A freshman on the water polo team was released from D.C. jail Monday evening after being charged with a misdemeanor count of possession of marijuana with the intent to distribute.
Alexander Price, an 18-year old from Hawaii, spent nearly two days in custody after being arrested in his Thurston Hall room early Sunday morning, according to a police report of the incident. The report documented that Price admitted to possession of nine bags of marijuana, drug paraphernalia and $733.64 in cash. He said he was supplying his roommates with marijuana for alcohol, according to court documents.
Coach Scott Reed and Director of Athletics Jack Kvancz booted the scholarship athlete off the water polo team. Price faces a Nov. 20 court date when, if convicted, he could face a maximum of 180 days in jail and a $1,000 fine, according to D.C. law. He also awaits a decision from Student Judicial Services on his status at GW.
GW does not drug-test its athletes, and NCAA drug tests do not test for street drugs. The NCAA only tests one team per school each year, and the water polo team has not been tested in four years, senior Jack Hornberger, the team’s captain, told The Hatchet for an Oct. 12 story about drug testing in the athletic department.
The University has not yet decided Price’s fate, Reed said. If a student is found in violation of the distribution of drugs, they could face suspension or expulsion from the University, Tara Woolfson, the director of SJS, wrote in an e-mail. The minimum sanction for the possession and intent to sell drugs is a one-year suspension, according to the Code of Student Conduct. For a first-time possession of alcohol charge, a student could incur a $50 fine and be required to attend an alcohol class.
But Price, as a scholarship athlete, may lose more. Although Kvancz said he couldn’t lose his scholarship for at least a year, his coach said he is unsure if he’ll play for GW again. Price, who last had a goal against Chapman (Calif.) Oct. 7., receives a partial scholarship.
“I need to really see what the whole judicial process comes up with,” Reed said. “Naturally, he’s innocent until proven guilty. At this point in time I can sit back and see what the school and D.C police will determine.”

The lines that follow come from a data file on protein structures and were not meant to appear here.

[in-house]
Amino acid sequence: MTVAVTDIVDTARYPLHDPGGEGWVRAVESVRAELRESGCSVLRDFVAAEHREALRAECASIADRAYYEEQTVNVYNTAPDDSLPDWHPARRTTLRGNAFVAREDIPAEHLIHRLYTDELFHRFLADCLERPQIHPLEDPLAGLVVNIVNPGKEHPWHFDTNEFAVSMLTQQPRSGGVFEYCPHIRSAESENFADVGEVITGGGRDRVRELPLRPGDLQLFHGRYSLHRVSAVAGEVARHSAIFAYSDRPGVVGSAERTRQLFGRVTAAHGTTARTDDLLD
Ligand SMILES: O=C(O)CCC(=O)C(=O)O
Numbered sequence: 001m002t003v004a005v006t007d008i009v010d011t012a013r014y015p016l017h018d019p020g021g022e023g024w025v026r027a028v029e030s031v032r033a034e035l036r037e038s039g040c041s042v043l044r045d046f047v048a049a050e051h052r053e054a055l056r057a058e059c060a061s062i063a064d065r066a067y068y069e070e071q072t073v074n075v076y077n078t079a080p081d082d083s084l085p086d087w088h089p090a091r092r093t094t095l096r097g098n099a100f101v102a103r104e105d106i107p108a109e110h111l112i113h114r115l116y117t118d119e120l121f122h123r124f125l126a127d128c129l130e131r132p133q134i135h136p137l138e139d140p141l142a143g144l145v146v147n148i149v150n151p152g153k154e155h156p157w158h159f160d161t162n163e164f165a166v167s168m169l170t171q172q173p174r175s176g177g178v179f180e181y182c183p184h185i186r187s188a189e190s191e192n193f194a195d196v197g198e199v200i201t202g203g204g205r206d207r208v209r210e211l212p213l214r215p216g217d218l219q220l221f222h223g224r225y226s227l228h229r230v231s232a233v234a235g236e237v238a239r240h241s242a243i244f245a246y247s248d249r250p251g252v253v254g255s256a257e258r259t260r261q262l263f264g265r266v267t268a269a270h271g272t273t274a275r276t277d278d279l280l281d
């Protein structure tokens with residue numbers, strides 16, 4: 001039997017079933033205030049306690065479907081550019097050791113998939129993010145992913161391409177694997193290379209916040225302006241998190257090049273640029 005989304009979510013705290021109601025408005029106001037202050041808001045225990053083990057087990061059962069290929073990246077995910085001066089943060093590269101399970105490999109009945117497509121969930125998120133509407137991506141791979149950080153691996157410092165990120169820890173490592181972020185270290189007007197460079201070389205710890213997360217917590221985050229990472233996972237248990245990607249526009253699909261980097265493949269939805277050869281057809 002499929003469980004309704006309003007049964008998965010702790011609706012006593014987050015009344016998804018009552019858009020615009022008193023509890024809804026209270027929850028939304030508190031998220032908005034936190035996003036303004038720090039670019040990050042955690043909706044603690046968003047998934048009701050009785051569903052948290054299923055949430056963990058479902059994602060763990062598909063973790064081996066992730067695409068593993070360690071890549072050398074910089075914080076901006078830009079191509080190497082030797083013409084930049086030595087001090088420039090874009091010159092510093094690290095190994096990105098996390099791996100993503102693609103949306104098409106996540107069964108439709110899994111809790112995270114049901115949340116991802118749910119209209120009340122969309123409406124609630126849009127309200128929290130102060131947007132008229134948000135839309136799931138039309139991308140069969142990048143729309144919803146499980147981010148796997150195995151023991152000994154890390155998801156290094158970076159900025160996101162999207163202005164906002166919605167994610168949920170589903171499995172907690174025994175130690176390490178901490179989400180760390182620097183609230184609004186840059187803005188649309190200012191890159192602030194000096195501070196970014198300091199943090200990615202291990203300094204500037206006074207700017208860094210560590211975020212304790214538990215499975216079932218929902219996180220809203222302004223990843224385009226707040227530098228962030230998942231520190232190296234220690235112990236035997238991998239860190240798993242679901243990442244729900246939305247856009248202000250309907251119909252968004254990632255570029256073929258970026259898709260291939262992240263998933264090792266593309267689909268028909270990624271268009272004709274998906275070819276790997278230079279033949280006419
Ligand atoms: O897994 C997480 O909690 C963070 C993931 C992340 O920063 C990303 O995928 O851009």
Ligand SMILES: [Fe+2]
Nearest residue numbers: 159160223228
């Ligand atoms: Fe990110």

But for the water polo team, the drug discovery policy will not be altered. While Reed said he is not opposed to testing for drugs in athletics, he added that he would not institute tests solely for his team in light of the arrest. Rules and punishments for drug and alcohol violations are made clear early in the year and water polo players understand the ramifications before they start practice, Reed said. He added that he relies on players to tell coaches and captains about drug problems.
Price will not be required to enter a drug rehabilitation program, possibly because he may not have tested positive in his drug screening, said Maria Douglas, his case manager in D.C. Pretrial Services. In a document filed with the court, Price “indicated never having used substances.”
Price is due in court with Judge M. Zinora Mitchell-Rankin, a 1979 graduate of GW Law School.
According to the UPD report, MPD was notified because the UPD officer noticed a large amount of marijuana. UPD Officer Travis Hafner entered Price’s room at about 2 a.m. Sunday and found seven students and a strong odor of burnt marijuana, according to documents filed with the court. After a search, the nine bags of marijuana, money and “(numerous) smoking devices” were found, and Price claimed everything. One of the seven people was not a GW student and was banned from campus.
The Hatchet reported in the Oct. 12 article that the University has no additional policy for testing its athletes for drugs on top of NCAA rules, which ban street drugs but do not test for them except in national championship events.